Over the next several weeks it seemed adoption kept popping up
in my life - Dateline stories, newsprint stories. I also participated
in a colleagues research project which involved watching a
video about adoption. That did it. I decided to begin my journey
into adoption on the web.
I found an extremely informational site. The first word of advice
was to talk to individuals who have had experiences with adoption.
It turned out that a family living just a block away from my Aunties
house had a positive experience. I decided to move forward with
the same agency with which they worked. The agency primarily arranged
open adoptions because of their belief that ultimately, it is healthier
for the child. I attended an informational meeting and learned all
I needed to get started.
I filed my application in early August. By September I was registered
for the required adoption class. I learned a lot about the history
of adoption in this country and why, if done well with a lot of
counseling and support, open adoption was critical to a childs
development and a birth mothers future. I was also challenged
to reconsider my judgment of birth mothers. It is amazing how we
so quickly and easily cast judgment about others whose experiences
we know nothing about. I admit I was one of those people. How could
a mother give up her baby? But the class included a two-hour panel
discussion with birth mothers who told their stories. It was a very
The third step in the process was the state mandated home study.
It was grueling. Sometimes I resented the scrutiny. After all, no
one needs state approval to give birth. But I got over it and got
through it. I was approved and ready to move on by early February.
I spent the remainder of the month putting my profile together.
Once my profile was complete I could be picked in a matter of days
Sure enough, I received a call in early March. It was a baby girl,
due April 8. We drove to Pittsburgh and met birth mom. We cleaned
out the extra room and painted it pink. I was completely surprised
with a lavish baby shower at the College. Baby now had everything
she needed from Looney Toons to a portable playpen. But then, we
waited, and waited and waited.
Finally, the dreaded call came. Baby went home with mom. Mom changed
her mind. In adoption lingo its a disappointment.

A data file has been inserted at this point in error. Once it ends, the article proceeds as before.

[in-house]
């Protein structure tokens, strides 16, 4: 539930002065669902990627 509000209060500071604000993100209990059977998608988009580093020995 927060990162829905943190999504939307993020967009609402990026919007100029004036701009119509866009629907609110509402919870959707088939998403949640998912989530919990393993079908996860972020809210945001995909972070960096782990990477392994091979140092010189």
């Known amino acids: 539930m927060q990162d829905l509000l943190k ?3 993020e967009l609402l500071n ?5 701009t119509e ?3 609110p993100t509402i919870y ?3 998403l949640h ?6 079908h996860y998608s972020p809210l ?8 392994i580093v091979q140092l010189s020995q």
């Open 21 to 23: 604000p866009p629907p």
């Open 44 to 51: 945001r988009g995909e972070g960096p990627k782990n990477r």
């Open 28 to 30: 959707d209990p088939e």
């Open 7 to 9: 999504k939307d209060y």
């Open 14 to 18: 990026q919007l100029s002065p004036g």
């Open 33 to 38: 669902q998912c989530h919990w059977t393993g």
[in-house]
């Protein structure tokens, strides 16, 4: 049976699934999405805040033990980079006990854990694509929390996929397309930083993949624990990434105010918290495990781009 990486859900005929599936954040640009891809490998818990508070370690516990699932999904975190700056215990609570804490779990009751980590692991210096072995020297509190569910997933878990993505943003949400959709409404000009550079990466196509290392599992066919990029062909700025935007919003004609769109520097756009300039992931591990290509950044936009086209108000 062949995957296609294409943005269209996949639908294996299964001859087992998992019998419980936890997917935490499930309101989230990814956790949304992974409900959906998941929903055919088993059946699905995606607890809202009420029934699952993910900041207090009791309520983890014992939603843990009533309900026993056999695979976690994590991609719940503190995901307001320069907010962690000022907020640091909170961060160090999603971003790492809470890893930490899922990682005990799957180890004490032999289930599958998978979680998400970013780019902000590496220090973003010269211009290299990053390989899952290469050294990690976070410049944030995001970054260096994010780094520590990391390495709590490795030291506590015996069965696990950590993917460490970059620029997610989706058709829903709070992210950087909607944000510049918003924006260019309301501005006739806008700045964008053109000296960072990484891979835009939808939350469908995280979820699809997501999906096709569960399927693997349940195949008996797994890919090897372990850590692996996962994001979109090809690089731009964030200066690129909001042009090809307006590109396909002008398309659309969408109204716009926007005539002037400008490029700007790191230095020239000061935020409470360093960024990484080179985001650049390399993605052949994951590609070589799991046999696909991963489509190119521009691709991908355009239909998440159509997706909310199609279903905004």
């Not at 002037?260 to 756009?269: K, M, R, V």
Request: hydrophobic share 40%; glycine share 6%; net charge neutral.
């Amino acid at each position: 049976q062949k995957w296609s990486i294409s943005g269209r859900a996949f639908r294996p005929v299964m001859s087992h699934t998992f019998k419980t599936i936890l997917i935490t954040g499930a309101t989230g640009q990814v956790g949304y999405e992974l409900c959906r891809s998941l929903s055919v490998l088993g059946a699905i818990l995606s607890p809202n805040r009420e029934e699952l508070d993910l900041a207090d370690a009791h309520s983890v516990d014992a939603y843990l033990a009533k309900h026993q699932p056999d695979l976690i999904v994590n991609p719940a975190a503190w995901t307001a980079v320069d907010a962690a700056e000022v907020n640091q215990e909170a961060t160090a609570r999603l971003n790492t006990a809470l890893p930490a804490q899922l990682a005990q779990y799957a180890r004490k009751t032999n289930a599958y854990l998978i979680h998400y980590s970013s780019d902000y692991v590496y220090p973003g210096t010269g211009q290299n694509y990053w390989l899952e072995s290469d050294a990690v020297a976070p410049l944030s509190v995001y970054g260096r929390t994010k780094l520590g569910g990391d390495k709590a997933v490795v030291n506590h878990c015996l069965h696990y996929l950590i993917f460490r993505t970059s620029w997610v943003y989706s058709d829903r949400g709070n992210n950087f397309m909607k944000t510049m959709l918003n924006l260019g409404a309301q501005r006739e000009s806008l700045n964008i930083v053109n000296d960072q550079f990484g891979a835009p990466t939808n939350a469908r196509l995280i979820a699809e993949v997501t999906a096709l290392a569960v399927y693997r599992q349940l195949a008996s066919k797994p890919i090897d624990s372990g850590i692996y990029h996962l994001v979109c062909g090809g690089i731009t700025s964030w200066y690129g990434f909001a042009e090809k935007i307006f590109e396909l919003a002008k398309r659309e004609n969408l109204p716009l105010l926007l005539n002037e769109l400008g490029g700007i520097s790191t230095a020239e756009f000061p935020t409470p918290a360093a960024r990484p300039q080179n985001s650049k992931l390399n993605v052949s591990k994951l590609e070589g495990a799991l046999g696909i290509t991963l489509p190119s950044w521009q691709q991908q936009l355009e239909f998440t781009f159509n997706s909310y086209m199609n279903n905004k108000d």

Disappointment hardly describes the experience. For me, it was devastation.
My friends and family kept me going with their positive attitude.
I tried hard to believe that my baby was on her way.
Then came Mothers Day. It caught me off guard. I decided I
was going to stay home alone, brood and maybe eat ice cream and
watch Lifetime for Women. But Lifetime was sponsoring a mothers
day marathon. I turned on the TV to a scene with adoptive parents
in the delivery room with birth mom. The weight of all my grief
came crashing down. I turned off the TV, unplugged the phone and
cried. I had a talk with God, too. It went on for hours, but I was
forced to pull myself together to go to my mothers house that
As I walked in the door, my mother asked where Id been.
Someone whose name I did not recognize had been trying to reach
me all day. When I returned the call, I met Gale, an adoption caseworker
from an agency in another state. Gale called to tell me about a
little boy who had been born the night before. His birth mom picked
me over a married couple. Gale knew I had a preference for a baby
girl but she had heard a lot about me from my caseworker after the
disappointment and she said she just felt like this
was my son. Gale gave me all the details, including the fact that
birth mom had checked out and gone home without knowing if I would
agree to parent the little boy she delivered the night before. Theyd
waited all day trying to reach me directly.
I could barely process the information I was hearing. All the
while I was losing faith and blaming God, it had already been done.
I was overwhelmed with humility and awe. I hardly responded, but
I took down the information and we agreed that I would think
about it overnight and call her in the morning.
Late that night I was awakened by the thought that that little
baby was in some hospital all alone. Thats when I knew he
was my son.
Kim Jackson is the associate dean of academic services
and director of multicultural affairs. She is also the proud mother
of baby Che.